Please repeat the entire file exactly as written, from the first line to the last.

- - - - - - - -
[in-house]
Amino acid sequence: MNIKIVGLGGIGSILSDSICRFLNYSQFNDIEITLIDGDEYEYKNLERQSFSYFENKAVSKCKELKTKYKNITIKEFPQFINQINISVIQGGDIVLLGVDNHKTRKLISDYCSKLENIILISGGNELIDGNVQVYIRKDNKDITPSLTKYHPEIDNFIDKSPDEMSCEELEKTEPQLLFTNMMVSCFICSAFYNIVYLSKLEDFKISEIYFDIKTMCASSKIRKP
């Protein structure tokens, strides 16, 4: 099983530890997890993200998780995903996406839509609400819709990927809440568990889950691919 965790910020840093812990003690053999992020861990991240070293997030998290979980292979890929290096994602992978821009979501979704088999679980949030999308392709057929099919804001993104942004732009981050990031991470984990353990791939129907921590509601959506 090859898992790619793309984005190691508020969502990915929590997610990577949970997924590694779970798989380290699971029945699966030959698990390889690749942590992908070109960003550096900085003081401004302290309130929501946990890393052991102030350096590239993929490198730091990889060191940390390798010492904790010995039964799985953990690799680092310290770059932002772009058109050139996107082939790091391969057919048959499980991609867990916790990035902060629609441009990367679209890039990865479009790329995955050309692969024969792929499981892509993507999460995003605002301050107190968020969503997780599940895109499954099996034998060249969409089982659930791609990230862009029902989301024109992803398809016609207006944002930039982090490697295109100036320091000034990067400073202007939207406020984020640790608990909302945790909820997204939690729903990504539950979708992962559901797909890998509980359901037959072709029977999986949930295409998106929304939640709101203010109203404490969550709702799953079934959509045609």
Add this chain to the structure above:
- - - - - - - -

[in-house]
Amino acid sequence: MNIKIVGLGGIGSILSDSICRFLNYSQFNDIEITLIDGDEYEYKNLERQSFSYFENKAVSKCKELKTKYKNITIKEFPQFINQINISVIQGGDIVLLGVDNHKTRKLISDYCSKLENIILISGGNELIDGNVQVYIRKDNKDITPSLTKYHPEIDNFIDKSPDEMSCEELEKTEPQLLFTNMMVSCFICSAFYNIVYLSKLEDFKISEIYFDIKTMCASSKIRKP
């Protein structure tokens, strides 16, 4: 099983530890997890993200998780995903996406839509609400819709990927809440568990889950691919 965790910020840093812990003690053999992020861990991240070293997030998290979980292979890929290096994602992978821009979501979704088999679980949030999308392709057929099919804001993104942004732009981050990031991470984990353990791939129907921590509601959506 090859898992790619793309984005190691508020969502990915929590997610990577949970997924590694779970798989380290699971029945699966030959698990390889690749942590992908070109960003550096900085003081401004302290309130929501946990890393052991102030350096590239993929490198730091990889060191940390390798010492904790010995039964799985953990690799680092310290770059932002772009058109050139996107082939790091391969057919048959499980991609867990916790990035902060629609441009990367679209890039990865479009790329995955050309692969024969792929499981892509993507999460995003605002301050107190968020969503997780599940895109499954099996034998060249969409089982659930791609990230862009029902989301024109992803398809016609207006944002930039982090490697295109100036320091000034990067400073202007939207406020984020640790608990909302945790909820997204939690729903990504539950979708992962559901797909890998509980359901037959072709029977999986949930295409998106929304939640709101203010109203404490969550709702799953079934959509045609």
Add this chain to the structure above: